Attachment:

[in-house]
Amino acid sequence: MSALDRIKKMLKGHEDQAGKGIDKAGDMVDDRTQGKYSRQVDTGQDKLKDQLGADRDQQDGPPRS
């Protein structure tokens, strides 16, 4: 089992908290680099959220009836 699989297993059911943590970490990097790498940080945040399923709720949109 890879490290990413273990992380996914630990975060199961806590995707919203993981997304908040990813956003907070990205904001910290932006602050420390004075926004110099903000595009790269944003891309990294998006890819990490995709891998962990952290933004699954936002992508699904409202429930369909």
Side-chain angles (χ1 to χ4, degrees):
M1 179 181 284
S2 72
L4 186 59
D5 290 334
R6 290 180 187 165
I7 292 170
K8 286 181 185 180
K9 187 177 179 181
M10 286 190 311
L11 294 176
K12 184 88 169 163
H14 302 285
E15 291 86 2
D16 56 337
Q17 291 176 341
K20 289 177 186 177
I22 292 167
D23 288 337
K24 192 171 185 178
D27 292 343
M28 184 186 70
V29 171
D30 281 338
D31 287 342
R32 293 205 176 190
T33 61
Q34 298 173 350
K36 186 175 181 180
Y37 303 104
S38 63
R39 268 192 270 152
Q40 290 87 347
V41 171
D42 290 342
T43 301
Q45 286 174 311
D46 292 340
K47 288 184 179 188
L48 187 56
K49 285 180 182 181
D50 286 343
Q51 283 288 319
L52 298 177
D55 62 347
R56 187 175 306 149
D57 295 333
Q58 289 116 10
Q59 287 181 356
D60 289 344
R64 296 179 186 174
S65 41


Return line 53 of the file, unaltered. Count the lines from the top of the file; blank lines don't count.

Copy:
D60 289 344